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Three Traditional Art Forms Dominated the Year end

Three Traditional Art Forms Dominated the Year end

Artist with Muzaffar Ali and Pragati Agarwal
Arnab Banerjee of Art Tree
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Delhi experienced a 10-day exhibition titled Ekayan – Ek Sutra by Art Tree featuring National Award-winning artists Manisha Jha (Madhubani); Prakash Joshi (Phad) and J.Niranjan (Kalamkari/Chintz) at the end of 2021 united the three art forms together

Art may be a diverse range of human activity involving creative or imaginative talent expressive of technical proficiency, beauty, emotional power, or conceptual ideas. But the fact that art gives meaning to our lives and helps us understand our world is an agreed upon definition worldwide.

A 10-day exhibition titled Ekayan – Ek Sutra by Art Tree featured National Award-winning artists Manisha Jha (Madhubani); Prakash Joshi (Phad) and J.Niranjan (Kalamkari/Chintz) at Bikaner House, New Delhi from 22nd December – 30th December 2021. On one of the days, i.e. 24th December, 2021, a book launch of Madhushravani by Ms Manisha Jha was another highlight of the event, besides a panel discussion on The Legacy and Revival of Chintz with artist J.Niranjan and politician and Indian handicrafts curator Jaya Jaitly.

Artist, filmmaker, designer, poet Muzaffar Ali sharing his thoughts with the crowd
Artist, filmmaker, designer, poet Muzaffar Ali sharing his thoughts with the crowd

Artist, filmmaker, designer, poet Muzaffar Ali who inaugurated the show launched Ms Jha’s book and said. “I have so much to learn from such painstakingly done great works displayed here at the exhibition.” He spent all his time understanding the intricacies of the miniature works of Prakash Joshi’s series – Ganesh Chalisa, Hanuman Chalisa or the BalKaand; Manisha Jha’s Jackfruit Tree & Ardhnarishwar as well as the Jackfruit Tree and Pink Elephant Family on acrylic on canvas. He also studied carefully J Niranjan’s works – Tree of Life on wax resist dye on cloth in kalamkari and Krishna and Godaveri. “It’s wonderful to see our heritage being preserved the way it is by these great artists”.

Pragati Agarwal of Art Tree
Pragati Agarwal of Art Tree

Founder- Art Tree and curator of the show Pragati Agarwal beamed with joy at the excellent response to her efforts of six months. “As an essential part of our culture allows us to have a deeper understanding of our emotions, and increases our self-awareness, and allows us to be open to new ideas and experiences. My ongoing research on the traditional arts of India zeroed in some rare forms of different states of India that don’t get represented in Northern part of our country well. Being culturally diverse and distinct, Indian traditional art forms have evolved over the years, and have remained untouched by modernisation. And that’s precisely what I wanted to let the young in particular, get exposed to in this exhibition displaying works of Chintz & Kalamkari, Phad and Madhubani.”

The response to all the hard work turned out to be very encouraging though due to the yellow alert imposed in the city because of the Omicron virus cases spiking up led to the closure of the event  two days earlier unceremoniously. Nevertheless, the efforts of Art Tree, as always, were supported and encouraged by the cognoscenti who came in droves for the sustenance of some of these enriching traditional forms that will eventually get revived and lead to their resurgence.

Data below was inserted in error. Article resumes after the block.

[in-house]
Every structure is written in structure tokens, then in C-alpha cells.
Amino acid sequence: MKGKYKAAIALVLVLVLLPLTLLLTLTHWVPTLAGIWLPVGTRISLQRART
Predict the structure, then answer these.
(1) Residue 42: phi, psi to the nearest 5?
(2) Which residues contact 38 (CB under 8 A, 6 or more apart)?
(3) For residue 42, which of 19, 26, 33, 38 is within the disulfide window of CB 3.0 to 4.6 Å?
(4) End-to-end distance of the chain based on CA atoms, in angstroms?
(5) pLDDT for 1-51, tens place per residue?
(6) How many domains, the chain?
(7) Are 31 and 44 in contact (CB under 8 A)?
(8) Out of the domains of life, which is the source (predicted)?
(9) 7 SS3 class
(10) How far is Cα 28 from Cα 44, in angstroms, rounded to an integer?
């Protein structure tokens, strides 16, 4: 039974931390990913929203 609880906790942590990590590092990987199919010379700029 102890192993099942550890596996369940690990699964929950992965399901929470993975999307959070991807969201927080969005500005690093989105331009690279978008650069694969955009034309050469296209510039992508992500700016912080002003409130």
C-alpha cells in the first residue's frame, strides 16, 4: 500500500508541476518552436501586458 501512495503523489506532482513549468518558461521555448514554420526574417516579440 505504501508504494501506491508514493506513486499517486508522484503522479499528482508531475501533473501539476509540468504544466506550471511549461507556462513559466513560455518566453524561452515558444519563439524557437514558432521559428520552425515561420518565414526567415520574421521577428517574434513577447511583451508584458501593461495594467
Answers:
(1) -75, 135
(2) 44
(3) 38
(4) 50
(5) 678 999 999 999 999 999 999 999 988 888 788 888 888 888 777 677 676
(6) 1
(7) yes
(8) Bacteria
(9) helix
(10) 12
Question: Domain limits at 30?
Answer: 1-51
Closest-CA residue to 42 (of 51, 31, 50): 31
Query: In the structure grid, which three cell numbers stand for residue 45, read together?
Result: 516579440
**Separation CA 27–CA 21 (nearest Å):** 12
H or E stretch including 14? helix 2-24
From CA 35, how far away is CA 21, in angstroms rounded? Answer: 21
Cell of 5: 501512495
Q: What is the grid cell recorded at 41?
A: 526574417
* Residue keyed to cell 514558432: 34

Artist Prakash Joshi with his wall of Phad Paintings
Artist Prakash Joshi with his wall of Phad Paintings

Elated by the reaction of some of Delhi’s art lovers, Prakash Joshi said, “I am trying to reach out to the smallest corner of every home with my Phad miniatures. A path- breaking concept, Ekayan –Ek Sutra, will help me with me aim to popularise my art form to the right audience.”

Artist Manisha Jha with her Madhubani Paintings
Artist Manisha Jha with her Madhubani Paintings

Manisha Jha who has been consistently working and organising workshops of Madhubani, explained the sudden interest in our folk arts. “What unites the various different forms of art is the generally agreed definition of what constitutes art, and ideas have changed over time. There may be countless forms of art, and in visual arts, all three – be it decorative, commercial, and fine art – cover broader definition of “the arts” from painting through theatre, music, architecture, and more. But as the land with some of the richest old and traditional art forms, it is India’s extremely splendidly ornate over 50 traditional folk and tribal artshave been passed down from generation to generation for more than 3000 years. This art generally reflects the creative energy found in rural areas that acts as an undercurrent to the craftsmanship of the tribal and local people. We cannot afford to let it get hijacked by others.“We need to enhance and keep alive the rich folk art traditions by creating awareness and finest art-works for economic sustenance of women artists from Mithila. Ekayan – Ek Sutra gives me an opportunity to exhibit with two other National award winning artists and to showcase our heritage.”

Artist Niranjan said, “I believe Kalamkari is more than an art form. It is a way of life seamlessly integrating existences. My father Guruappa Chetty worked on reviving Chintz – a forgotten art form; and I am working on his legacy to take this forward. Ekayan-Ek Sutra is the right platform to show and educate people about this newly revived art form”.

 

 

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